Tricia Karp Tricia Karp
08 February 2013

How to get noticed and build respect

hide_under_deskWhen I was creating my latest workshop program, Unprecedented Confidence, I interviewed a range of leaders – men and women – from large organisations.

I wanted to know how the women in their organisations hold themselves back when it comes to presentations, meetings, interviews and pitches.

Our discussions were frank. I gleaned a massive amount of information.  And I walked away from those meetings with mixed feelings.  My interviews confirmed I’d nailed the focus and content of my workshop program.  I was inspired and motivated.  And I was deeply concerned too, although not surprised, to hear stories that affirm the path for many women is still slow and silent.

Here’s some of what those leaders shared with me.  They said many of the women:

  • Hold back in meetings and seem to want to be given permission to speak 
  • Don’t go for it like the men do
  • Are much more qualified and experienced than the men, but they don’t put up their hands and ask for promotions or other opportunities
  • Don’t back themselves and their expertise
  • Never seem to think they’re good enough
  • Don’t have the confidence to talk to someone they bump into at work, especially an executive
  • Always wait for the men to speak first in meetings
  • Don’t challenge the men because they don’t think it’s their place to do that
  • Over-think and over-script, and don’t get to the point of what they want to say
  • Are afraid of challenging the men
  • Don’t want to present because they’re afraid of making mistakes
  • Don’t step out of their comfort zone
  • Sit back and wait for something to happen, rather than making it happen
  • Are their own worst enemies
  • Say they’d love to have the confidence to present well, but are afraid of having a go
  • Don’t seek opportunities to speak and share their expertise

Those words were repeated by different people from different organisations.  It’s the most recent snapshot of the state of gender imbalance in SA.

What those leaders shared with me raised even more questions than they answered.  I’ll discuss them in further posts. Right now, I want to focus on speaking of the public variety.

Presenting, speaking up in meetings, public speaking – and creating other opportunities to share your knowledge and experience – are excellent ways to get known, build trust, respect, and your reputation, grow your business and get ahead.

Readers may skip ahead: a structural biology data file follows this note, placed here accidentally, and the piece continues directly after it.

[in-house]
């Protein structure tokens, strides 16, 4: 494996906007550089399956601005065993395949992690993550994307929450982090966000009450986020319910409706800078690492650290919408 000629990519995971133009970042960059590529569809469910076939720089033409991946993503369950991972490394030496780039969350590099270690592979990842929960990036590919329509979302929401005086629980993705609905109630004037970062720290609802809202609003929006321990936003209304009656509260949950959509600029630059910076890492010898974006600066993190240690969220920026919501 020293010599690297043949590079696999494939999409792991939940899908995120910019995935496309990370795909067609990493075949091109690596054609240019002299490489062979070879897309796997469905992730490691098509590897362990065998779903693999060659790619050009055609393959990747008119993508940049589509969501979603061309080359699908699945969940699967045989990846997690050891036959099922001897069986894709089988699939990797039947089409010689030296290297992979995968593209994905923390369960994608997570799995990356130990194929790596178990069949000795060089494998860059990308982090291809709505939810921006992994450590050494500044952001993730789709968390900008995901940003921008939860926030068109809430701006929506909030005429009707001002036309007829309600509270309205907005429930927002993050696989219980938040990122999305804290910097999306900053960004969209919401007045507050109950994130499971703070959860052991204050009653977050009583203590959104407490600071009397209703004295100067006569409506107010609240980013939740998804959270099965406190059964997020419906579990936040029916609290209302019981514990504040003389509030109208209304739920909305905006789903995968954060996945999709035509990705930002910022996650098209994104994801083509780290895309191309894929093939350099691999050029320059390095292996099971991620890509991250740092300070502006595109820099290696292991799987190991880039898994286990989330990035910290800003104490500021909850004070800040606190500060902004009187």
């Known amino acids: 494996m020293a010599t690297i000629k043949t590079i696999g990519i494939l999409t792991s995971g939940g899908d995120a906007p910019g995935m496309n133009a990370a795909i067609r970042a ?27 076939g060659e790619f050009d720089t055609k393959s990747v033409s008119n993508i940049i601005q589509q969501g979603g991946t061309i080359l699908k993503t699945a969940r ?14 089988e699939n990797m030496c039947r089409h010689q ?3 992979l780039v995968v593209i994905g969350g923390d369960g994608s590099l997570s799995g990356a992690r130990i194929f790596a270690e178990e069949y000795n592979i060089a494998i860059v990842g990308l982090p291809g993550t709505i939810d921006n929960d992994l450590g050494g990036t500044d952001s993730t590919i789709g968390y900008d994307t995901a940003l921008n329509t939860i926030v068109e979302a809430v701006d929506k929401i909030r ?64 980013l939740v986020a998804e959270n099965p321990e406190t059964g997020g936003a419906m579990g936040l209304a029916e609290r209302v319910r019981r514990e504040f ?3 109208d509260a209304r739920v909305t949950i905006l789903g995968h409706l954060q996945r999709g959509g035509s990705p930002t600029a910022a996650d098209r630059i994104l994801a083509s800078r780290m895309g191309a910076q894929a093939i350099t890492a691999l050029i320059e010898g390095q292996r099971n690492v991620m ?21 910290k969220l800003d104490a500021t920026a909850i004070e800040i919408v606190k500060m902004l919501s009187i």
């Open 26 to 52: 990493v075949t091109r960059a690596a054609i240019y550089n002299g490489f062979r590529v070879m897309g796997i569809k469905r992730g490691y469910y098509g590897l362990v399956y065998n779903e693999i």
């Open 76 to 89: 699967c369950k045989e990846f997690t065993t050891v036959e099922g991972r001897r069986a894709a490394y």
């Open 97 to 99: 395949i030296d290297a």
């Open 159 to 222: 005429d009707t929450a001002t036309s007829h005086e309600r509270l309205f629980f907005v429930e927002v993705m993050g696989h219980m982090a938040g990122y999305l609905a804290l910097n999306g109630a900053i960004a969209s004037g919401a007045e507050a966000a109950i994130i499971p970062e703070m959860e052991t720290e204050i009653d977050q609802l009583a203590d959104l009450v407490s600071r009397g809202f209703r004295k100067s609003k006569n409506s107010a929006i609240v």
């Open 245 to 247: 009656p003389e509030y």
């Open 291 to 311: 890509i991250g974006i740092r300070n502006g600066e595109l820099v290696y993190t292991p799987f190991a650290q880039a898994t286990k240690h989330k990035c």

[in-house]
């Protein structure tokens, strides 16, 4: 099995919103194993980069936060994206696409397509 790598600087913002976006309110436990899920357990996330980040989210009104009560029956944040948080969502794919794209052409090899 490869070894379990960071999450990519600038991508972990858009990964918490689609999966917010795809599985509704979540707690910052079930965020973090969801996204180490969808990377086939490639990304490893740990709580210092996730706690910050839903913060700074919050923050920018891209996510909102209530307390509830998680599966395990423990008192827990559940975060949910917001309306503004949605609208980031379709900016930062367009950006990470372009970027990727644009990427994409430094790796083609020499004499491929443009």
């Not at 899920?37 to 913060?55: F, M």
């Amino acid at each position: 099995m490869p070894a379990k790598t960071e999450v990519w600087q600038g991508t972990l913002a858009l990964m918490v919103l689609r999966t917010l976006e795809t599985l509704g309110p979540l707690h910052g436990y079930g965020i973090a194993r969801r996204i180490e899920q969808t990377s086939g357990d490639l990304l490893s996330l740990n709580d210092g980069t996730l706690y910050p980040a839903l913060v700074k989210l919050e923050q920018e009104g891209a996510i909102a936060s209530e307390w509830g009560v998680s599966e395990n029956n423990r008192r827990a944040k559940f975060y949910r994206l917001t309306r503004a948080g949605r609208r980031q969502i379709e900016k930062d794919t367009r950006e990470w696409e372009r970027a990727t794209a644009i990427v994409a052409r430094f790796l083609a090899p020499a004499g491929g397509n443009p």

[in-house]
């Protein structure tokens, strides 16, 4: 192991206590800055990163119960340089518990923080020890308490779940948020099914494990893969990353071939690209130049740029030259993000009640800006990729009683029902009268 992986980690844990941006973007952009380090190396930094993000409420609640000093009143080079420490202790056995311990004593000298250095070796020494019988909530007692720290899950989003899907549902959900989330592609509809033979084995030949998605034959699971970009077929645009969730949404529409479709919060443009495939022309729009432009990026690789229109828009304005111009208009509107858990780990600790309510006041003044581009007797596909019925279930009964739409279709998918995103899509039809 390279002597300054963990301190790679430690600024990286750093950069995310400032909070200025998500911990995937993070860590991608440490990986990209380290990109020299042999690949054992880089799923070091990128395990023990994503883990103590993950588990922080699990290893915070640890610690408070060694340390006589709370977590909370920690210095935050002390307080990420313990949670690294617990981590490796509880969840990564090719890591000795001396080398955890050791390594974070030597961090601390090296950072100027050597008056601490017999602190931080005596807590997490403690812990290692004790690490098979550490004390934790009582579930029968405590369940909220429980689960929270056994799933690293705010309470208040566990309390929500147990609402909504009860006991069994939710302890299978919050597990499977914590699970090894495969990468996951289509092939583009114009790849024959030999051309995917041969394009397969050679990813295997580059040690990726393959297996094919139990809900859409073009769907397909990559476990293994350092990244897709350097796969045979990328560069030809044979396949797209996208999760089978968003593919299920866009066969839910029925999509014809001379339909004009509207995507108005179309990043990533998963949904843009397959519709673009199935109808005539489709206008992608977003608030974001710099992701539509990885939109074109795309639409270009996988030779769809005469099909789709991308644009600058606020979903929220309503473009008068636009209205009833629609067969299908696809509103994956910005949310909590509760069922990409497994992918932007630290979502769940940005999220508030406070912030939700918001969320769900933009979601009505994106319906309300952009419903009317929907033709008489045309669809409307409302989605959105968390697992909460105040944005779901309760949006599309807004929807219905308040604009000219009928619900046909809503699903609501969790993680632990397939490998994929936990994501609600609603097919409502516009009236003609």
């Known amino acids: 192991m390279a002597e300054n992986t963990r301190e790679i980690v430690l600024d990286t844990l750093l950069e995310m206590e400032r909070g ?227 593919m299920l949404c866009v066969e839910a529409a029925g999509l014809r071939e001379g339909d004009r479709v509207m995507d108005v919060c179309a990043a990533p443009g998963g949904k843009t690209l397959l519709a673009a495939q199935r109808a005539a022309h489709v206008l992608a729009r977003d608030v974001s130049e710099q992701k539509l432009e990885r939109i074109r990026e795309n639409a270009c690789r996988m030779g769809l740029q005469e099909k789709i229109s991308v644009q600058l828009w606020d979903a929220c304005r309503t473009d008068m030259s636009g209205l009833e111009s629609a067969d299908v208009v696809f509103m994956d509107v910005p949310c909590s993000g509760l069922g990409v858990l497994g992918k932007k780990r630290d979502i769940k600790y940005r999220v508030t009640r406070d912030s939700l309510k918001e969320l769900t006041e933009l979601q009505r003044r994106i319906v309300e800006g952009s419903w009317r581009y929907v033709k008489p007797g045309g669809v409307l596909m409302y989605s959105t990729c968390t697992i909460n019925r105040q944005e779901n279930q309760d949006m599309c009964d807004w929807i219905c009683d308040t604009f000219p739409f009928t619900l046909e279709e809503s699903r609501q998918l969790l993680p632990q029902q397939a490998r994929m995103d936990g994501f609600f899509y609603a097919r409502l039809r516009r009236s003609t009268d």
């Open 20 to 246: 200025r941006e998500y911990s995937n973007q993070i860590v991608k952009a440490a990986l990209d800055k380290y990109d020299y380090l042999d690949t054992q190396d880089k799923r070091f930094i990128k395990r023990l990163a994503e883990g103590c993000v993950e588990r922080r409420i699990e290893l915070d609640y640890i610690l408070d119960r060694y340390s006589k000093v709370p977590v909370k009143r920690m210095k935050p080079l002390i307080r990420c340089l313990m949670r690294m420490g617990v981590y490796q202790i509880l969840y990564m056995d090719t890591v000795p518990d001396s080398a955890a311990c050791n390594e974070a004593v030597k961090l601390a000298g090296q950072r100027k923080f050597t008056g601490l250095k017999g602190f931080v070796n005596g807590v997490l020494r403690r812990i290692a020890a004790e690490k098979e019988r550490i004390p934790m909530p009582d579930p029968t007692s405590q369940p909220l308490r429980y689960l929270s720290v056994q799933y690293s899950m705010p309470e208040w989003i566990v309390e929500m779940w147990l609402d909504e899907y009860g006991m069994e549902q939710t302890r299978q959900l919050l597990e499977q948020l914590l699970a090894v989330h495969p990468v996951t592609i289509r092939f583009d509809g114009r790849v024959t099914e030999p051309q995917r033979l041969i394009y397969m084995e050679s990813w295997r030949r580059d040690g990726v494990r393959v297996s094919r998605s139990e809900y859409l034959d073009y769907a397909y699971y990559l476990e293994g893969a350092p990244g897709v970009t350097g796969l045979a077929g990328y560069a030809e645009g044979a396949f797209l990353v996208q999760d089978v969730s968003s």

It means giving yourself permission to step out of your comfort zone, backing yourself, having a go, and claiming your skills, knowledge, experience – and power.

Here’s how to start:

  • Give yourself the respect you deserve.  Only you can do it. I’m fed up with brilliant, successful women who still believe they’re not enough, and hide away.  There will never be a moment when you can declare you’re enough because you’ve completed one more degree or certificate or other accreditation.  Having 20 years’ experience in your job means nothing if you can’t acknowledge your contribution, and see how pivotal and powerful you really are.  List your achievements – personally and professionally.  Put them down on paper and see for yourself for who you really are. Own your achievements.
  •  Speak early and often in meetings.  Be among the first two or three people to speak.  In a one-hour period, aim for 3-5 comments or questions.  Make note of when you speak so you can keep track. If you’re not sure what to say, ask a question or support and add to something someone else has said. That way you’ll make your presence known.
  • Create opportunities to present.  Come up with ideas that could form a speaking topic, and arrange to present them at a meeting.  Organise a paper bag lunch at work with you as the speaker.  Develop a speaking topic and offer seminars for your clients.  Put up your hand for speaking opportunities, even if they’re as simple as introducing someone at the beginning of a meeting.  You can even craft a talk and present it to a small group of friends.  Step outside your comfort zone and have a go.  Your stories and experiences, wrapped up in your expertise, are well worth hearing.
  • Own your power and hone your skills.  When you present – in a presentation, meeting, interview or pitch – you hold an incredible amount of power.  You really do.  You have an opportunity to influence, persuade and motivate, to change minds and hearts.  It’s an enormous responsibility.  Do it justice.  Work on whatever’s stopping you from presenting with presence, clarity and conviction.  Hone your skills. Work with a coach, mentor, or someone else you trust to constructively and expertly guide you. Discover your own X-factor so you can unleash it and express yourself superbly in front of an audience.

There’s no better way to get noticed than standing up and speaking.

Know that what you have to say matters. In fact, it’s essential.  Your clients and customers – current and potential – and managers rely on your advice, guidance and wisdom.  They rely on your voice.

Hiding doesn’t serve anyone.

About the author

Tricia Karp is dedicated to helping women develop their power and leadership through powerful self-expression.  She’s the founder of, where she shares her strategies and wisdom for becoming a world class speaker and communicator.

To find out about Tricia’s latest Australian workshop – Unprecedented Confidence come over here.

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